Turns out finding a clean set of headers for one of the first motorcycles Honda brought to the US is nearly impossible. Lucky for me the Honda CA95 exhaust may be the easiest system to replicate. The radii of the bends differ slightly from the left to right cylinder but otherwise they're just one bend then straight back. The only aftermarket systems out there are from Taiwan and are not mandrel bent. This means the pipes have a crushed inner radius and are oval through the bend zone. I bought a set of these to check them out. They were indeed total shit. Here's a quick tutorial on how I made a fresh set.
The first hurdle I had was sourcing the correct mandrel U-bend sections. Pipe bends are measured by their center line radius, or CLR. The pipes on this bike are only 1.25"OD so they're difficult to find especially in specific radii. My stock bend measurements were around 4.00" CLR for the left cylinder and 3.75" CLR for the right. I found U-Bends in the 3.75" measurement at www.mandrel-bends.com but could not find 4" anywhere. So I bought 2 of the 3.75" to see if I could make it work. Which I did. I won't leave you hanging.
1. Chopped out the bend section of the stock pipes, leaving at least a couple inches of straight on either end.2. Set up the above jig to map out the angle coming from before and after the radius.
3. Fit the new bend into the jig aligning it against one of it's straight sections. In this case the upper straight. Mark where the lower portion of the bend touches the jig/wood and mark your cut at 90 degrees to the jig.
4. Chop it. Above is showing what the new setup will look like pre-weld.5. Put the stock pipe with header flange back into the jig and mark where the flange ends (I marked it on the upper piece of wood.)
6. Chop the header fittings from the old pipes (or buy / make new ones if you can. I didn't have anything that could recreate this style flange.)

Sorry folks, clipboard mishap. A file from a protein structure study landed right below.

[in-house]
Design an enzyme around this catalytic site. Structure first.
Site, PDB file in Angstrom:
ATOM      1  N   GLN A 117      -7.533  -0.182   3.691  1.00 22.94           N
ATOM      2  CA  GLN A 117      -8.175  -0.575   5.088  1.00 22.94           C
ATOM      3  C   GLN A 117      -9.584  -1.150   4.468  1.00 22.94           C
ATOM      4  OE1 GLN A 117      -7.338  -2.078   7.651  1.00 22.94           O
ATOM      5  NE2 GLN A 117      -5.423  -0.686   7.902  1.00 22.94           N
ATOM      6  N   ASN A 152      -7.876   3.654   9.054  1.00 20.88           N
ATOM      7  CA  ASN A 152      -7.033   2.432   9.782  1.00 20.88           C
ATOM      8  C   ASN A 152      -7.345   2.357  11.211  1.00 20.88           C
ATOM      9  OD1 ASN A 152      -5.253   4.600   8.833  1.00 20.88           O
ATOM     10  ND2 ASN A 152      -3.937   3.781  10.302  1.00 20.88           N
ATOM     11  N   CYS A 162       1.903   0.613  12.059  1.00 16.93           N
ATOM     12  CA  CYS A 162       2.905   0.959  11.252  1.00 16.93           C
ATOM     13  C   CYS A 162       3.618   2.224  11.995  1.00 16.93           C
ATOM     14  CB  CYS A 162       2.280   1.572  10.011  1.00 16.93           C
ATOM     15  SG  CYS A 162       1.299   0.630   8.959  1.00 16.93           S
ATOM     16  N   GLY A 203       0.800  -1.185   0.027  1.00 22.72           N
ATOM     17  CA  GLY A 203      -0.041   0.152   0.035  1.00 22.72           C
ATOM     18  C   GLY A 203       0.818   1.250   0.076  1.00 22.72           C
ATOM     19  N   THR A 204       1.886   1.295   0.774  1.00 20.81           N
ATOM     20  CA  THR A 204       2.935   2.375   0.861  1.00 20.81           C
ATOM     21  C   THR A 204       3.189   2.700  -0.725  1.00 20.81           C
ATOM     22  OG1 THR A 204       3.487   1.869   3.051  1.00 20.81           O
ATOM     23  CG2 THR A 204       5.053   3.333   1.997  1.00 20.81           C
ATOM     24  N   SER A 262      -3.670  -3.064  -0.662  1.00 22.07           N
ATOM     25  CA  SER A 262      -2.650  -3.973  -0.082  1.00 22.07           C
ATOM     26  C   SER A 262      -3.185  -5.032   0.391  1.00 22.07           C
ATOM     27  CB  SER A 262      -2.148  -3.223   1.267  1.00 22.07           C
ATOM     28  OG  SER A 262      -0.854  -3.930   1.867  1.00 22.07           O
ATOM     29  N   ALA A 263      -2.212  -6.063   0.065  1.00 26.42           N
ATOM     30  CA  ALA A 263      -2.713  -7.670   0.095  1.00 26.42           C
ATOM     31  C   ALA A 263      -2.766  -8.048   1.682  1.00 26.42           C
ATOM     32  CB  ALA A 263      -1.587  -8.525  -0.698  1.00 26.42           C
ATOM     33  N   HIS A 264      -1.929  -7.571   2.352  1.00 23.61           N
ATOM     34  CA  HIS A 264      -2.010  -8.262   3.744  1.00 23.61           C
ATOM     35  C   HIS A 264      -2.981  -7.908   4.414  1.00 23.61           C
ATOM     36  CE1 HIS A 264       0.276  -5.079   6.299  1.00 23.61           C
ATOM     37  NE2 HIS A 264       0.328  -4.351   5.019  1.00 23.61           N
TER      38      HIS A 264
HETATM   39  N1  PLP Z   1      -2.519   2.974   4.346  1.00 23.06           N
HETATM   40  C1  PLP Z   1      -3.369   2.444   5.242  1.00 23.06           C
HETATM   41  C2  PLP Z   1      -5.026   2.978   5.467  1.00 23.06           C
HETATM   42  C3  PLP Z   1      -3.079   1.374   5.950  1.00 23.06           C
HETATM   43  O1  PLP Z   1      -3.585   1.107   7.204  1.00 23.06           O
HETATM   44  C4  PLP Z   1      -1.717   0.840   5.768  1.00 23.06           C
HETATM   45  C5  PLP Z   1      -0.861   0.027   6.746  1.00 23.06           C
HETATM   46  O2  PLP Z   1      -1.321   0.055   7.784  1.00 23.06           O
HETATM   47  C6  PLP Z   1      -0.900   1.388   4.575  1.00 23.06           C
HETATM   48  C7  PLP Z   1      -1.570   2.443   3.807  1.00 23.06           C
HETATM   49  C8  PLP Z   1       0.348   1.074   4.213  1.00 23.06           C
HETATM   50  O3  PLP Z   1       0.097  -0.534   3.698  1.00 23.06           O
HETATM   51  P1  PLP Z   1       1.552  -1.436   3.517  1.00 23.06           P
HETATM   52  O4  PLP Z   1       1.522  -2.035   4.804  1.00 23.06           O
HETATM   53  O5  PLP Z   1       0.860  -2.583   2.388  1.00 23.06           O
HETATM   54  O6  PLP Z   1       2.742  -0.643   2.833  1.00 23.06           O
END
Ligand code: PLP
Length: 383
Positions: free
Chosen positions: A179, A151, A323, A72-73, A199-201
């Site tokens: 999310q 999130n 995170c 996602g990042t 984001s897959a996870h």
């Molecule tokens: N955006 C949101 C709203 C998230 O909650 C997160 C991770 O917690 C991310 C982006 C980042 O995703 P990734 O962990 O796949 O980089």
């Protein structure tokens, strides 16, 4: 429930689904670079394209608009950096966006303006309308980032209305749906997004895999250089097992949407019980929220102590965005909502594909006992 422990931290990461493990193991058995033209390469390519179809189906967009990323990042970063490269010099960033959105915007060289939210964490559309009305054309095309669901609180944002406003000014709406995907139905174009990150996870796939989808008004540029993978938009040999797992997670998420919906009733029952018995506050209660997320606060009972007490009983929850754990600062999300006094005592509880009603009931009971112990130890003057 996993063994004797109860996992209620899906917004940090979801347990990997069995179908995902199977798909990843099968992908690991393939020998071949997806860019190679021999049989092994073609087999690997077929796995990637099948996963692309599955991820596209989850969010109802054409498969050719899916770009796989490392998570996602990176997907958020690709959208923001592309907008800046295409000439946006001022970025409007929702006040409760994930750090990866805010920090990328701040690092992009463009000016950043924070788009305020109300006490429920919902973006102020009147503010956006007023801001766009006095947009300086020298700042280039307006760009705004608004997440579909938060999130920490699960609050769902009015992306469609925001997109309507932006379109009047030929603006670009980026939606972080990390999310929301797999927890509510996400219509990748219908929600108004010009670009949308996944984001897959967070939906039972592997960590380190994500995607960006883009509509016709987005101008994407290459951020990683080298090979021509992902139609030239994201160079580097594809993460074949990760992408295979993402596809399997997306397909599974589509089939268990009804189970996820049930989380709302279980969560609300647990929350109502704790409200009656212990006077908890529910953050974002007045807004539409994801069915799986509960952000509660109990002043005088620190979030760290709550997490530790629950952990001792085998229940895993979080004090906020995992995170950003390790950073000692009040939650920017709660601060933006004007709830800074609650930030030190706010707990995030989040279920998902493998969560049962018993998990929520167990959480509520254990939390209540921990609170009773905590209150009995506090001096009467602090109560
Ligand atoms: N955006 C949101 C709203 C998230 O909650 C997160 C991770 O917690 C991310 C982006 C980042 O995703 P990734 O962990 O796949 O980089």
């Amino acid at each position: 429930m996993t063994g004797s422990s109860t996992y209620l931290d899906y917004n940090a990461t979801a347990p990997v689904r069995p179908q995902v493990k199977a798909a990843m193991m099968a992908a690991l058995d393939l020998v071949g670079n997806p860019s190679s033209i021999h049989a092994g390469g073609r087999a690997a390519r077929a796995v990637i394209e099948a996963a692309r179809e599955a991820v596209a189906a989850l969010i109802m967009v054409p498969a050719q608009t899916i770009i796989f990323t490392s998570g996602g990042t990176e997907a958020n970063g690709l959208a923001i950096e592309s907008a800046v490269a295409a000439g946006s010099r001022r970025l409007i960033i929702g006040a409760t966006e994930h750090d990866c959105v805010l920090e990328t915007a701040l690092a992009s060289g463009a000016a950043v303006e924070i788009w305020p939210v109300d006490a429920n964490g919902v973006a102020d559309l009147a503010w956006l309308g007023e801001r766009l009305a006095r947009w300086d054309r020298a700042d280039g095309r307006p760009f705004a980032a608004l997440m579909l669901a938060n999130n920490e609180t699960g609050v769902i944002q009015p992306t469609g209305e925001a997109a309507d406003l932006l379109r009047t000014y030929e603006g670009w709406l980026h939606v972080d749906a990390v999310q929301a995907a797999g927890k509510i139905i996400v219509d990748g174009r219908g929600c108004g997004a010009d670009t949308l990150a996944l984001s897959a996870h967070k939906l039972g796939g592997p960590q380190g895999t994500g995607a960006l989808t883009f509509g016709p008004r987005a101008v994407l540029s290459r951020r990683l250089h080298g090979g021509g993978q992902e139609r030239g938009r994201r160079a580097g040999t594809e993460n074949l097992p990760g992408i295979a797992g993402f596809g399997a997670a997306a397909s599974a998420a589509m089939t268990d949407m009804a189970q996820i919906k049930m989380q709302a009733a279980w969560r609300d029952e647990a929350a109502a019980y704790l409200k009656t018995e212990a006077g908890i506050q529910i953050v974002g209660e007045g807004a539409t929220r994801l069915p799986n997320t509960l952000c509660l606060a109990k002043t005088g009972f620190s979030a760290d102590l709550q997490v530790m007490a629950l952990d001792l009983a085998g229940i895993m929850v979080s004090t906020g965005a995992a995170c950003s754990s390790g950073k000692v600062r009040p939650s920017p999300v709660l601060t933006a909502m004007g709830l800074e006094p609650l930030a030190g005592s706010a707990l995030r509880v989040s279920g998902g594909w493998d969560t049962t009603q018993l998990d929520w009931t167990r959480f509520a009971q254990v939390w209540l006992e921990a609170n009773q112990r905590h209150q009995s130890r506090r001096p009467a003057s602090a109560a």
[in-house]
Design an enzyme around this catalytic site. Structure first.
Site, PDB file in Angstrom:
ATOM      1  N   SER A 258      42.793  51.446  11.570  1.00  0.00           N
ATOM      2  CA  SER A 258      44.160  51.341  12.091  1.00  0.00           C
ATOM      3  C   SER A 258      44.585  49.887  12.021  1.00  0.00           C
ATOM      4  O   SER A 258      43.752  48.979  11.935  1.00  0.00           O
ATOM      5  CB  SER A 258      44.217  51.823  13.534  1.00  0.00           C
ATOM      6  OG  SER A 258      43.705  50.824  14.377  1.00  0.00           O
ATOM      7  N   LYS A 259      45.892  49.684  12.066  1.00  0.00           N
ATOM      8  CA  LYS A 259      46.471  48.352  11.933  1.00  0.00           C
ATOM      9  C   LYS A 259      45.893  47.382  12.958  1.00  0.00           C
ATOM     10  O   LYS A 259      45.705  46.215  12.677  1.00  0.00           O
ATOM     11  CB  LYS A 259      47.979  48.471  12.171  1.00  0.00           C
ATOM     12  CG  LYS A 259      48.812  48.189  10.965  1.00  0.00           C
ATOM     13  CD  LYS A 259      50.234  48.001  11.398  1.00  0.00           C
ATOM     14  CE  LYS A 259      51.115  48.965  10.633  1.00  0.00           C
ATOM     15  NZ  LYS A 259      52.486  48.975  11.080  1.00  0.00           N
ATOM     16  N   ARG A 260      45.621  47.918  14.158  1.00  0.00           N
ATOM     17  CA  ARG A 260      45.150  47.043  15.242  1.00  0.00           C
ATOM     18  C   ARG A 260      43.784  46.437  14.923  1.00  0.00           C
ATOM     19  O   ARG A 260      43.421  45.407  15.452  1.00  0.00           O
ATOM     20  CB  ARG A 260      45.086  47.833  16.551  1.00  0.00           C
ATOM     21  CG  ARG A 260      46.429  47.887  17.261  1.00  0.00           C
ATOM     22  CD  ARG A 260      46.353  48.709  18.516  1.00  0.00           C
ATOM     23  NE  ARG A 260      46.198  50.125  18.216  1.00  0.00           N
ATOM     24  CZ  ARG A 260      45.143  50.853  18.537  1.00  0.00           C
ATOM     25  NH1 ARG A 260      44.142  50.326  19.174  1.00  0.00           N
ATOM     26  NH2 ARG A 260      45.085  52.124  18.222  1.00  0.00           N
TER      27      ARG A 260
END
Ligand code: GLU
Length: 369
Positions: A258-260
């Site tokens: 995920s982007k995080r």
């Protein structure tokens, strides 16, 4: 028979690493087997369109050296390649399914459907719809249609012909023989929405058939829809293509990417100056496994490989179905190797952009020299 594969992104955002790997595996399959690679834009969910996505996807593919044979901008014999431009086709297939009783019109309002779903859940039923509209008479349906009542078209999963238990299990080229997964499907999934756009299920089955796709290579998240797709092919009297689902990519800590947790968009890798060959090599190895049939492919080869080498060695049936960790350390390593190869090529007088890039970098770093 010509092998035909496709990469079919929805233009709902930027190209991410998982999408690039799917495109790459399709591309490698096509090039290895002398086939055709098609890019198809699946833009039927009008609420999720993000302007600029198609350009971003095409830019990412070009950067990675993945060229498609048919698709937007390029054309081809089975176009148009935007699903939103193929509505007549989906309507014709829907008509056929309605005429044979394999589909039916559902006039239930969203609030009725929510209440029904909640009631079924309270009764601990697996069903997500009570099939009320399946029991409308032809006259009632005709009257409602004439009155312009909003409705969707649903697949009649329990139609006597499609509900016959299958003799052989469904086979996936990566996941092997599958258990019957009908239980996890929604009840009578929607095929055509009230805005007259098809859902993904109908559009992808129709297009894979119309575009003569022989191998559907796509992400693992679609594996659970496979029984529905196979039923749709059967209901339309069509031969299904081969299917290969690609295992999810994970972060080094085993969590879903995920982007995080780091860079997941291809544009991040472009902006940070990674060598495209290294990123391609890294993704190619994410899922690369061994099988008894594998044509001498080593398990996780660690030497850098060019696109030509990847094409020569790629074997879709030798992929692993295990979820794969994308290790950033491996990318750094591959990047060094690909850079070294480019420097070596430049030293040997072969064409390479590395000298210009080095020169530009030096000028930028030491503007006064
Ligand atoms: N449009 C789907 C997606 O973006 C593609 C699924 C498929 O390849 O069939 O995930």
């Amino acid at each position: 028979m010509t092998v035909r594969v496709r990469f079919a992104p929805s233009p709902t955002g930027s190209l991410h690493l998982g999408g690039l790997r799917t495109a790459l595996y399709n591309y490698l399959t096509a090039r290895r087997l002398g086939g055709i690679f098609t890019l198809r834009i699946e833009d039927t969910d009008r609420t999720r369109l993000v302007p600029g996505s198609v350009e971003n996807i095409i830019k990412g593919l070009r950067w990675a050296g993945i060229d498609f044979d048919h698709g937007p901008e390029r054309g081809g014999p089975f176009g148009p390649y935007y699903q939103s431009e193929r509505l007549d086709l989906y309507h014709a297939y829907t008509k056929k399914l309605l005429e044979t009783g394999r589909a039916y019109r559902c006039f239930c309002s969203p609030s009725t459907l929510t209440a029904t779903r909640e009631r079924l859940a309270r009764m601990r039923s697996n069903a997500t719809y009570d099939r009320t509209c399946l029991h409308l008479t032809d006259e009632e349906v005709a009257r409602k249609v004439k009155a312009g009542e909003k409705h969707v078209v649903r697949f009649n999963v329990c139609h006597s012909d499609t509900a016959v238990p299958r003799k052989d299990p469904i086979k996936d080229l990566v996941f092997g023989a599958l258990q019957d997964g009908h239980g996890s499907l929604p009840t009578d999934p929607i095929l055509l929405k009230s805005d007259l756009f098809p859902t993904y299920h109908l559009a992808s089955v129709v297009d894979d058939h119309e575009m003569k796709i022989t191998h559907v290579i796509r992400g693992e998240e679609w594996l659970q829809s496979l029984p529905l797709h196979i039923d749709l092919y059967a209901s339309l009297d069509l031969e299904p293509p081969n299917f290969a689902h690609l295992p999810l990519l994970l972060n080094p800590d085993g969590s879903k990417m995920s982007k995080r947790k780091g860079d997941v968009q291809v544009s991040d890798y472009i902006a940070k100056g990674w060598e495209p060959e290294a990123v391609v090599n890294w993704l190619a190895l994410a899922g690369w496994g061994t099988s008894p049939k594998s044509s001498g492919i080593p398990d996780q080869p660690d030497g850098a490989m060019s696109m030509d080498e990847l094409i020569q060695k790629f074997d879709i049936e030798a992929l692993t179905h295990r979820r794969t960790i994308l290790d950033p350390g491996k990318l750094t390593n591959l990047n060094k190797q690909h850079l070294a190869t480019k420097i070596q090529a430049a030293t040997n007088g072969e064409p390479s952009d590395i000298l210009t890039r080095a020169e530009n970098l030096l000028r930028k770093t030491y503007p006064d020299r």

7. Chop the new pipe down (engine side) per your measurements then tack the old flange onto the new pipe. It's always best to tack weld things together until you're sure everything fits before fully welding. This lets you snap the pieces apart easily should something not line up.
8. I installed the header with tacked on flange to the engine then hovered the straight section in there to make sure the exit angle was correct. I then tacked the straight sections on exactly where I wanted them. Don't forget to match pipe exit height from the rear of the bike.
Here they are all tacked together. I probably used 4 tacks per intersection. You want enough tacks for them to hold their own weight.
9. Time to weld! Make sure you have 3-4 tacks evenly spaced around the pipe before welding. This will prevent the pipes from warping away from eachother due to the heat of welding. Throw them back on afterwards to check your work. If they moved you probably either didn't have enough tacks and/or used too much heat.
10. Time to smooth the welds. You can use a pretty coarse file to knock the welds down flat to begin with then just step to a medium and fine grit. Your goal is to get all the scratches from the previous grit out. Take it slow, it's time consuming. You don't want to dip into the new pipe otherwise you'll create a valley in that area that will be visible after polishing. Always hit it at a 45 degree angle to avoid deeply scoring the pipe with the edge of the file. After hitting it with a fine grit file I bring the pipe to the bench grinder where I go over it with a medium and fine grit metal finishing wheel. They're basically Scotch-Brite pads in wheel form. 3M and Norton make good ones.
That's all for now. I still have some hours of filing and polishing to do to these welds. After that I'll start making some rear brackets and mounting for the bafles.